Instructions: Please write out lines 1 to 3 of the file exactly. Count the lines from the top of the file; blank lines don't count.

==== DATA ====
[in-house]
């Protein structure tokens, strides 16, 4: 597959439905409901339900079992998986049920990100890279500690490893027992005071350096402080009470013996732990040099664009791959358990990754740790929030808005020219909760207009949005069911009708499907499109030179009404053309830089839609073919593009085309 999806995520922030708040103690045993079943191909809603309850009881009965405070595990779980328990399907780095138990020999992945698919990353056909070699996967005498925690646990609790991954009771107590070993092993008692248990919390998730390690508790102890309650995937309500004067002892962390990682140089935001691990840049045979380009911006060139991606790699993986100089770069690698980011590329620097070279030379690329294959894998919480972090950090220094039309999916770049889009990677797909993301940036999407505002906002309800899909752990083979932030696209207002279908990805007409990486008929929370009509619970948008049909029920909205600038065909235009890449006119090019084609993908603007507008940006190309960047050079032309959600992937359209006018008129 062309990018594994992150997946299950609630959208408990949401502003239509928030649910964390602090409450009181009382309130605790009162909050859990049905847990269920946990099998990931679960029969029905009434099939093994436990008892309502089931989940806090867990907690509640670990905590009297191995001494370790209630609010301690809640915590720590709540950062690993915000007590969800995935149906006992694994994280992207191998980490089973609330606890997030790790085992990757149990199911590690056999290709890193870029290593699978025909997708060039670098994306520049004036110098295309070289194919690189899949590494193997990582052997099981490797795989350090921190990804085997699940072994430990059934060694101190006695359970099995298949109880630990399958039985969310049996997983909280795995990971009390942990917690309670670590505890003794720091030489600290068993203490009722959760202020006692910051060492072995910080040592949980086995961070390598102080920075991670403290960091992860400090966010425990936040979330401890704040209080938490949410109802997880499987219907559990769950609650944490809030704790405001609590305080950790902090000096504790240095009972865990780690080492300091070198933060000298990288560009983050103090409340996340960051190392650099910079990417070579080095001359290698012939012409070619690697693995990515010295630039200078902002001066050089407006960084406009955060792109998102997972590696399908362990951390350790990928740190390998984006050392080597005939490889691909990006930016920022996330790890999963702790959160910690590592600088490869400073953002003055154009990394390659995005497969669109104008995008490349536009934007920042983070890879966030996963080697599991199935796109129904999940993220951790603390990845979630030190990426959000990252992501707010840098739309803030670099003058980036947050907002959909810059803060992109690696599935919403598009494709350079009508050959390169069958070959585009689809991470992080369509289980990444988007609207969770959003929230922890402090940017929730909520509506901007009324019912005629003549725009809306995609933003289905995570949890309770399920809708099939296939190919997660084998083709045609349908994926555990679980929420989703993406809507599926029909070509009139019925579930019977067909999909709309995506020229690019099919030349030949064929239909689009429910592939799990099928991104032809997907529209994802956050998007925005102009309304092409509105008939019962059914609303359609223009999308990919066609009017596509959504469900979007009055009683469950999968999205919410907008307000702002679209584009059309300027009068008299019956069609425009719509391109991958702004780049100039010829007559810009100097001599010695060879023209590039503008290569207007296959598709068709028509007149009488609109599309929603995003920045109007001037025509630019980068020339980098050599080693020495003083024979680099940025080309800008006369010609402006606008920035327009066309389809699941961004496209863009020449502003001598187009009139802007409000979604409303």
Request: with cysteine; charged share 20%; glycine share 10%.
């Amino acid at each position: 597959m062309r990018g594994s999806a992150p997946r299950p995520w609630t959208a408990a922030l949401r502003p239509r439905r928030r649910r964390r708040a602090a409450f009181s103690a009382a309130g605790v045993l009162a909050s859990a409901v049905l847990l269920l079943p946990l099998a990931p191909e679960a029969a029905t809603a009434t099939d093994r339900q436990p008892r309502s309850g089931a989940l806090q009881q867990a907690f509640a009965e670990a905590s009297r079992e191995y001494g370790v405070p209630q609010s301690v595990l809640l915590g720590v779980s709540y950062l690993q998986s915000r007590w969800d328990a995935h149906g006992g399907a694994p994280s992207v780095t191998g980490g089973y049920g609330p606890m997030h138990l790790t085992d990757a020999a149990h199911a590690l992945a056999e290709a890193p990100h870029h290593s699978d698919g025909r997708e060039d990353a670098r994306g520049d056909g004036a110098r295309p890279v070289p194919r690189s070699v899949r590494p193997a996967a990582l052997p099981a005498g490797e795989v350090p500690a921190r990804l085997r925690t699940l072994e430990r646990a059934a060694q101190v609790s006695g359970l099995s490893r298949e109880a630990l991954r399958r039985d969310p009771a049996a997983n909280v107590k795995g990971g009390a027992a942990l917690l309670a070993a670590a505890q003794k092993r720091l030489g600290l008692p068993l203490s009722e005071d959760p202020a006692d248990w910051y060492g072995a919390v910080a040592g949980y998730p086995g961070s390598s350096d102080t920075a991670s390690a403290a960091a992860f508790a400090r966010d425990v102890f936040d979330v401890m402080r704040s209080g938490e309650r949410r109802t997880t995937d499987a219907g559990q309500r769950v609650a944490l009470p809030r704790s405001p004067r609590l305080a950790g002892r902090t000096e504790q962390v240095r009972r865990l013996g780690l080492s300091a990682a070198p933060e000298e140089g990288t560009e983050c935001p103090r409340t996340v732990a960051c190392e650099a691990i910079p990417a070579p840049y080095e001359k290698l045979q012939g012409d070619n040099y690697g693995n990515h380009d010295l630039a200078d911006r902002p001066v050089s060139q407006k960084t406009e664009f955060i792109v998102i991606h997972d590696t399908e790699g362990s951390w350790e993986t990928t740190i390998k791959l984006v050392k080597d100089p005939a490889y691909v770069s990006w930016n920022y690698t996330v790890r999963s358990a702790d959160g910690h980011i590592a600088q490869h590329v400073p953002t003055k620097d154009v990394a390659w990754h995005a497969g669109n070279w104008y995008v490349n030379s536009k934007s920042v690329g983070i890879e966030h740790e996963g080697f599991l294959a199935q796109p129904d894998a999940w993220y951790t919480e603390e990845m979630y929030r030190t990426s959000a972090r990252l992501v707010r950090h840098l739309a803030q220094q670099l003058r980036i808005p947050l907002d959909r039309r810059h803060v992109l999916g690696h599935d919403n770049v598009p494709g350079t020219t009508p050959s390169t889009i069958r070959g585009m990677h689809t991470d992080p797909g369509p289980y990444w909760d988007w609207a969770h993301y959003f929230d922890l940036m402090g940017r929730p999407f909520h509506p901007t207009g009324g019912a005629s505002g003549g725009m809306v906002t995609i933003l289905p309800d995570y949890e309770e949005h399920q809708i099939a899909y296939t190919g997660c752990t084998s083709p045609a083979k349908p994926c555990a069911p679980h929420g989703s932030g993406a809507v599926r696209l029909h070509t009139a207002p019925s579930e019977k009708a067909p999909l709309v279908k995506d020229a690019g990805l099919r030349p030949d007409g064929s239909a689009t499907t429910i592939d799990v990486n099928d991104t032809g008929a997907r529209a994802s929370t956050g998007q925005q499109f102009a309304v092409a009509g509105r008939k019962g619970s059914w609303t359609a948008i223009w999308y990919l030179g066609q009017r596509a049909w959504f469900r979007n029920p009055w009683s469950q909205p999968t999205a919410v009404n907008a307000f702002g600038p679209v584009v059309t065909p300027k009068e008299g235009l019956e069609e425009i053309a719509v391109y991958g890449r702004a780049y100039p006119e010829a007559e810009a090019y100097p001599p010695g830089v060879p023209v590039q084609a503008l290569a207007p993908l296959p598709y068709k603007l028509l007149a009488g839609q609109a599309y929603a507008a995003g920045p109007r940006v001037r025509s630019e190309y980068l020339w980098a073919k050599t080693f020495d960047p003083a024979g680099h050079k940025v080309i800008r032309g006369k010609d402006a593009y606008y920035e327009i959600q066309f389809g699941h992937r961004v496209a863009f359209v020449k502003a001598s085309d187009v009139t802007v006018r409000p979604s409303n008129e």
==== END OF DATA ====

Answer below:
[in-house]
């Protein structure tokens, strides 16, 4: 597959439905409901339900079992998986049920990100890279500690490893027992005071350096402080009470013996732990040099664009791959358990990754740790929030808005020219909760207009949005069911009708499907499109030179009404053309830089839609073919593009085309 999806995520922030708040103690045993079943191909809603309850009881009965405070595990779980328990399907780095138990020999992945698919990353056909070699996967005498925690646990609790991954009771107590070993092993008692248990919390998730390690508790102890309650995937309500004067002892962390990682140089935001691990840049045979380009911006060139991606790699993986100089770069690698980011590329620097070279030379690329294959894998919480972090950090220094039309999916770049889009990677797909993301940036999407505002906002309800899909752990083979932030696209207002279908990805007409990486008929929370009509619970948008049909029920909205600038065909235009890449006119090019084609993908603007507008940006190309960047050079032309959600992937359209006018008129 062309990018594994992150997946299950609630959208408990949401502003239509928030649910964390602090409450009181009382309130605790009162909050859990049905847990269920946990099998990931679960029969029905009434099939093994436990008892309502089931989940806090867990907690509640670990905590009297191995001494370790209630609010301690809640915590720590709540950062690993915000007590969800995935149906006992694994994280992207191998980490089973609330606890997030790790085992990757149990199911590690056999290709890193870029290593699978025909997708060039670098994306520049004036110098295309070289194919690189899949590494193997990582052997099981490797795989350090921190990804085997699940072994430990059934060694101190006695359970099995298949109880630990399958039985969310049996997983909280795995990971009390942990917690309670670590505890003794720091030489600290068993203490009722959760202020006692910051060492072995910080040592949980086995961070390598102080920075991670403290960091992860400090966010425990936040979330401890704040209080938490949410109802997880499987219907559990769950609650944490809030704790405001609590305080950790902090000096504790240095009972865990780690080492300091070198933060000298990288560009983050103090409340996340960051190392650099910079990417070579080095001359290698012939012409070619690697693995990515010295630039200078902002001066050089407006960084406009955060792109998102997972590696399908362990951390350790990928740190390998984006050392080597005939490889691909990006930016920022996330790890999963702790959160910690590592600088490869400073953002003055154009990394390659995005497969669109104008995008490349536009934007920042983070890879966030996963080697599991199935796109129904999940993220951790603390990845979630030190990426959000990252992501707010840098739309803030670099003058980036947050907002959909810059803060992109690696599935919403598009494709350079009508050959390169069958070959585009689809991470992080369509289980990444988007609207969770959003929230922890402090940017929730909520509506901007009324019912005629003549725009809306995609933003289905995570949890309770399920809708099939296939190919997660084998083709045609349908994926555990679980929420989703993406809507599926029909070509009139019925579930019977067909999909709309995506020229690019099919030349030949064929239909689009429910592939799990099928991104032809997907529209994802956050998007925005102009309304092409509105008939019962059914609303359609223009999308990919066609009017596509959504469900979007009055009683469950999968999205919410907008307000702002679209584009059309300027009068008299019956069609425009719509391109991958702004780049100039010829007559810009100097001599010695060879023209590039503008290569207007296959598709068709028509007149009488609109599309929603995003920045109007001037025509630019980068020339980098050599080693020495003083024979680099940025080309800008006369010609402006606008920035327009066309389809699941961004496209863009020449502003001598187009009139802007409000979604409303």
Request: with cysteine; charged share 20%; glycine share 10%.